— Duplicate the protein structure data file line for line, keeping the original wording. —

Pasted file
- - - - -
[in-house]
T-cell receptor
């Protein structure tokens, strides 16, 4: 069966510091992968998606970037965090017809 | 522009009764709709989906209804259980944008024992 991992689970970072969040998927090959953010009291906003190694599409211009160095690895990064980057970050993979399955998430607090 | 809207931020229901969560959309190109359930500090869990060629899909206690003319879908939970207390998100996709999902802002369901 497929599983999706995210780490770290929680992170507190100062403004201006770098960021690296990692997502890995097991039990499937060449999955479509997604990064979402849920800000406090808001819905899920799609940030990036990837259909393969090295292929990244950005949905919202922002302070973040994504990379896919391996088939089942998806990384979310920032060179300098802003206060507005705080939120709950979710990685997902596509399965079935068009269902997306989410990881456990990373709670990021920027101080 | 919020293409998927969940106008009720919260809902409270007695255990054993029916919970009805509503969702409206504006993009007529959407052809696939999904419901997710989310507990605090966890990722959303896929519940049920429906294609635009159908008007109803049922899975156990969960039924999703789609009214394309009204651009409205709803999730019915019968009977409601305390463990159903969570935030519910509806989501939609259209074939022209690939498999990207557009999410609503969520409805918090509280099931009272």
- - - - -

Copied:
[in-house]
T-cell receptor
């Protein structure tokens, strides 16, 4: 069966510091992968998606970037965090017809 | 522009009764709709989906209804259980944008024992 991992689970970072969040998927090959953010009291906003190694599409211009160095690895990064980057970050993979399955998430607090 | 809207931020229901969560959309190109359930500090869990060629899909206690003319879908939970207390998100996709999902802002369901 497929599983999706995210780490770290929680992170507190100062403004201006770098960021690296990692997502890995097991039990499937060449999955479509997604990064979402849920800000406090808001819905899920799609940030990036990837259909393969090295292929990244950005949905919202922002302070973040994504990379896919391996088939089942998806990384979310920032060179300098802003206060507005705080939120709950979710990685997902596509399965079935068009269902997306989410990881456990990373709670990021920027101080 | 919020293409998927969940106008009720919260809902409270007695255990054993029916919970009805509503969702409206504006993009007529959407052809696939999904419901997710989310507990605090966890990722959303896929519940049920429906294609635009159908008007109803049922899975156990969960039924999703789609009214394309009204651009409205709803999730019915019968009977409601305390463990159903969570935030519910509806989501939609259209074939022209690939498999990207557009999410609503969520409805918090509280099931009272």